Coffee grounds can also improve soil mineral content by up to 35 percent by volume. They contain macronutrients and trace minerals essential to various plant processes, including:
Promotion of photosynthesis and fruit production
Development of fleshy leaves and vibrant flowers (nitrogen)
Strengthening of cell membranes
Development of different plant hormones and enzymes
The trace minerals in coffee ground leftovers, such as phosphorus, magnesium and calcium, increase the availability of micronutrients in soil or compost. These essential nutrients are vital for plant health and development.
Excellent Compost Feedstock
With a carbon/nitrogen ratio of approximately 20:24, fresh coffee grounds make great compost pile feedstock.
Adding fresh coffee grounds to your compost means adding premium organic matter. This will guarantee quality, nitrogen-rich compost for your potting soil, flowering shrubs or vegetables.
In addition, if you’re a coffee lover (or both a coffee lover and keen gardener like I am), you can add fresh coffee grounds to your compost pile daily. And because fresh grounds decompose quickly, you won’t have to worry about a buildup of disease-causing organisms that could affect your house or other plants.
Enhances Soil Structure and Composition
Apart from being beneficial to plant growth, coffee grounds also improve the medium in which plants grow – soil.
The degradation of used grounds produces humic compounds, which make up a majority of soil’s organic matter. This process also releases microbial glues and other organic materials. As a result, you can expect good texture and well-drained soil.
Furthermore, because coffee is organic matter, it feeds the soil’s microbes, bacteria and beneficial worms if used correctly. These microbes improve the composition and fertility of loose soil.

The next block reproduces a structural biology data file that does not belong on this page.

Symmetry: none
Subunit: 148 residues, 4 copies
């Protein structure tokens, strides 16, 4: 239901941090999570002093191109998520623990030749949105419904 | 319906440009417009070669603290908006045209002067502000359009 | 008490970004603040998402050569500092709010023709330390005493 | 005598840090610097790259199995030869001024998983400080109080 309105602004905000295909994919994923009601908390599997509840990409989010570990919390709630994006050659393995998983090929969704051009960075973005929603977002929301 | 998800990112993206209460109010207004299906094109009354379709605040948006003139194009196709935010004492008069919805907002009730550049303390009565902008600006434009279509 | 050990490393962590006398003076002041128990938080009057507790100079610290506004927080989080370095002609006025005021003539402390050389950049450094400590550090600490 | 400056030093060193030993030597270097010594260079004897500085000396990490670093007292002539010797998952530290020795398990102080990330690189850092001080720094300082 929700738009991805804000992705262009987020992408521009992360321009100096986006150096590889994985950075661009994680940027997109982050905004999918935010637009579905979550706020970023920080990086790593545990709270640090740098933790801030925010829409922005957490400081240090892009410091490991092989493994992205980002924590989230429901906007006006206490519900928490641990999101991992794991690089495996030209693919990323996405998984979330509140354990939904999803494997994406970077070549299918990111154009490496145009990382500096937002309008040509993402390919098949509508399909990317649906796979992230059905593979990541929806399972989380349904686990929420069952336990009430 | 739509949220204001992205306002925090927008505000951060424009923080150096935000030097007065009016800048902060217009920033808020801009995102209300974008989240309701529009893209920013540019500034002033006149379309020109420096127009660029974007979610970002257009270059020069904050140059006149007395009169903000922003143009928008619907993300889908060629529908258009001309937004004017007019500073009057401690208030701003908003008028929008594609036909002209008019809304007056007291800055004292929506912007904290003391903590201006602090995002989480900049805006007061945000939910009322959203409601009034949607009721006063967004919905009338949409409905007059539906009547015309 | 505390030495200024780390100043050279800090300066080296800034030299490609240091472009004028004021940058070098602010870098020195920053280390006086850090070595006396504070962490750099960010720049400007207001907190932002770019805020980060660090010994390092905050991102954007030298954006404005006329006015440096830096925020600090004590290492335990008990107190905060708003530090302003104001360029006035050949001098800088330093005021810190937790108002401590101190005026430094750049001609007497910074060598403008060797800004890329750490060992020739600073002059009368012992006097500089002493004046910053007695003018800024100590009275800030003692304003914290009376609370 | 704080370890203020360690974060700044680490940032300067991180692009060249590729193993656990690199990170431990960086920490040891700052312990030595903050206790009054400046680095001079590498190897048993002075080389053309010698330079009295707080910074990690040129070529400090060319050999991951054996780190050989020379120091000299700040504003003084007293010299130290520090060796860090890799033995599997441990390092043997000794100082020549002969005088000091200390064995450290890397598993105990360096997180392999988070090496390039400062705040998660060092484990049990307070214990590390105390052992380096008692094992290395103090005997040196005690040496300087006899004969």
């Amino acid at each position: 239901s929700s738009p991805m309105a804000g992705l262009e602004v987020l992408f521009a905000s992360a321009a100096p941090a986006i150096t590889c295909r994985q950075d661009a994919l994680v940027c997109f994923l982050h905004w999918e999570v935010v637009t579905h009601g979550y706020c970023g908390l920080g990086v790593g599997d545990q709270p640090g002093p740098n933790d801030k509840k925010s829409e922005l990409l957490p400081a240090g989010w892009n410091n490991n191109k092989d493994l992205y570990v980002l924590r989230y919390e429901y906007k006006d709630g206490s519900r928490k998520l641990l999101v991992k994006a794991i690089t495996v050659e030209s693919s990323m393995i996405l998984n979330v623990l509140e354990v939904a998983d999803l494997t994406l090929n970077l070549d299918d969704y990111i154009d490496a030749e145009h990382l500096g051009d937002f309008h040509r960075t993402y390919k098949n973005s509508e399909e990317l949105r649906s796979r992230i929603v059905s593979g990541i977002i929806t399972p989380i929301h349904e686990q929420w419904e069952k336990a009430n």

Natural Soil Amendment Supplement
Do you have alkaline soil but need acidic soil to grow your plants? I’m sure you’ve heard that coffee grounds can change your soil’s pH levels.
I’m sorry to burst your bubble; this is a myth! Although coffee grounds are slightly acidic, they alone won’t alter soil pH.
After brewing coffee, most of the water-soluble acid goes into that precious liquid in your coffee mug anyway. Thus, the remaining dregs have a pH range of 5.5-6.8. That’s quite close to neutral and not enough to change the pH of your soil.
Still, adding used coffee grounds to your growing medium can make a difference with acid-loving plants. Top among these are African violets, blueberries, azaleas, jade plants and hydrangeas.
Boosts Soil Water Retention
Enhancing the soil’s health, particularly its ability to retain moisture, is another useful function of coffee grounds.
Not only does this benefit plants that prefer moist soil conditions, but it also reduces the need for frequent watering. With soil water retention, you get to conserve energy while saving money. And that’s always a win in my book!
Binds Harmful Chemical and Pesticide Residues
Finally, coffee grounds are good for the environment! They trap harmful residues from chemical fertilizers and pesticides in the soil. This prevents chemicals escaping into the groundwater and polluting the surrounding environment.
If you want to do your bit for the environment, start incorporating coffee grounds into your composting and gardening routine today!
What Plants Like Coffee Grounds?
And so we get to the crux of this blog post: plants that like coffee grounds. Please keep in mind coffee grounds benefit some plants in moderate quantities. But if you overuse them, the caffeine content in coffee grounds can hinder the growth of pretty much any plant.
Leafy green plants need nitrogen for optimal health, and root crops need potassium and magnesium to thrive. Coffee is an excellent fertilizer for the following garden plants:
Fruit-producing plants enjoy a small amount of acidity in the soil to thrive. They also absorb the nitrogen and potassium in coffee grounds. This helps with photosynthesis and fruit production.
Indoor House Plants